FTX’s collapse has sent ripples across the crypto industry. Popular centralized exchanges are under more scrutiny than ever before. One such example is Binance and its failed crypto audit.
Reports have it that not even the auditor will vouch for the results. Following FTX’s collapse, exchanges have rushed to restore public confidence. Binance’s loss in front of investors points to a bleak future without immediate remedies.
There are sections of the divide that call the entire audit a hoax. Regardless, the polity is in a heightened state of tension following reports from the audit firm. Let’s step in and unfold this unfortunate saga plaguing the crypto community.
Binance’s Failed Audit
The popular crypto exchange called the audit “proof of reserves.” It was a move to restore investor confidence by proving its capability to accommodate user funds. What, then, is proof of reserve?
A 1:1 asset claim means the exchange has an equal number of user funds with little reserve. Such a ratio presents few risks to investors and users because the exchange can handle them adequately. With mistrust wreaking havoc in the crypto industry, Binance called on Mazars for its audit.
The problem is not with the audit results but with the statement from the mid-tier global accounting company. Mazars reiterated that it made no representation regarding the procedure’s appropriateness. As a result, there is growing skepticism at Binance.
Voices call the entire audit a hoax, and the results are untrue. Some believe no financial institution can maintain a 1:1 asset claim. Nevertheless, the stormy season for crypto is gathering momentum.
Failed Audit Results in Massive Withdrawals
Fearing a similar experience to FTX’s collapse, users no longer trust. Of course, we expected nothing less after the audit firm showed no confidence in the procedure. The exchange’s move to restore public confidence seems to have backfired, except that it was never about restoration.
Theories are flying around, but one fact remains. The popular crypto exchange processed $1.9 billion in withdrawals on December 13.
Binance’s proof of reserve is a significant move, but it does little to address core issues. The famous run at numbers does not do the following:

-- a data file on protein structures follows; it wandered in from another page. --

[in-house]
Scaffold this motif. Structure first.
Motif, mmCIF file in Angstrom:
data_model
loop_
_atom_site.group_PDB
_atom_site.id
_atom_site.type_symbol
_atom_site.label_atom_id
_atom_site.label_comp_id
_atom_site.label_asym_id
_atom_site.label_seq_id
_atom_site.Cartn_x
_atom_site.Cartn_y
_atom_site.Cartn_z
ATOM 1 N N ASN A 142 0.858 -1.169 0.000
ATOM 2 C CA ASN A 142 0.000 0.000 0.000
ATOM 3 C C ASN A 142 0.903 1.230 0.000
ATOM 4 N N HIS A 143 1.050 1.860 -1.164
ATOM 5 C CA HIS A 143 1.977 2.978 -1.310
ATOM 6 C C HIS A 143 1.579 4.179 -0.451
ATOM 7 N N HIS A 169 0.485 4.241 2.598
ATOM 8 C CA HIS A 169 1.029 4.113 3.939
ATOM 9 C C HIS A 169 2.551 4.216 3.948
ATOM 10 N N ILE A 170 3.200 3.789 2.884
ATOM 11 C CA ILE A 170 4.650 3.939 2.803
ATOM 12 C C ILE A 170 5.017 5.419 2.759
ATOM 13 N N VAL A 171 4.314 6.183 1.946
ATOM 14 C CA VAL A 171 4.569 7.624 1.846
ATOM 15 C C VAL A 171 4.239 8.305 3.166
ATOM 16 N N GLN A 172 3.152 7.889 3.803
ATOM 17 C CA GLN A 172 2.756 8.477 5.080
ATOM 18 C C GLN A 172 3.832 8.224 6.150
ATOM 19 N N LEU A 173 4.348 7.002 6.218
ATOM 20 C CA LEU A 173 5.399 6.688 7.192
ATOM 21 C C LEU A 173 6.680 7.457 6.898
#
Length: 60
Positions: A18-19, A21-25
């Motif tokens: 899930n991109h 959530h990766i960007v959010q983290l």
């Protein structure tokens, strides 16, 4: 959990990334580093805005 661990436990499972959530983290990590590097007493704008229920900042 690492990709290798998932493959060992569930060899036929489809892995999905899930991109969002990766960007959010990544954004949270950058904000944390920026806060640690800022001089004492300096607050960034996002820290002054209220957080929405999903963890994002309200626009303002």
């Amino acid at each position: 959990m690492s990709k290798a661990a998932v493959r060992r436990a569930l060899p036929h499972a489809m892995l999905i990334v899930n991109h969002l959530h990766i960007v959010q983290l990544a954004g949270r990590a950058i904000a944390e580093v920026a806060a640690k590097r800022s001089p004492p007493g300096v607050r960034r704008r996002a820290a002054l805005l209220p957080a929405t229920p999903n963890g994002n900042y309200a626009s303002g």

- Proof the efficiency of its internal financial mechanisms
- Provider assurance
- Validate the numbers.
That shows how little proof the reserve proves. Financial experts believe the comparison does not justify the company’s standing. Then you have the issue of using a little-known audit firm for a large company like Binance.
Some believe using any of the top 4 firms would have pushed the confidence narrative. Hence, users have hit the panic button and are withdrawing funds.
With the dramatic collapse of FTX, people are worried about the safety of their funds. Governments worldwide are stepping up their game to regulate the crypto industry. However, that is a story for another day.
Are Crypto Exchanges Insured?
The big question hovering over our heads is if centralized exchanges have deposit insurance for the users. Crypto deposits do not fall under the jurisdiction of the Federal Deposit Insurance Commission. However, crypto exchanges still offer some insurance.
Coinbase, for example, maintains that it carries insurance against theft resulting in losses. Also, the custodial accounts that hold user crypto as cash have FDIC insurance. Of course, banks will provide you with this protection.
In essence, you do not have the same level of security that you would have in a bank. The latter has the full backing of the FDIC in the event of any loss, not just theft. Moreover, cryptocurrencies risk legislation if they come under FDIC cover.
Federal laws do not insure crypto deposits, and Binance is no different. The risk of losing coins worth thousands to millions will always be there. Nonetheless, the recent publication of its audit portends another crisis.
Ride it Out or Play Safe?
Thousands of users are contemplating the same thing as we speak. You may scour the internet looking for proof that Binance will not tread the same path as FTX. The truth is, it might or might not.
If you can cut down on the risk, take it. Maybe move your cryptos to a non-custodial wallet. That should offer some protection until the situation stabilizes.
Experts are still analyzing Binance’s audit report, and we bet we have not seen the last of it.
TrustPedia is a financial portal-based research agency. We do our utmost best to offer reliable and unbiased information about crypto, finance, trading and stocks. However, we do not offer financial advice and users should always carry out their own research.Read More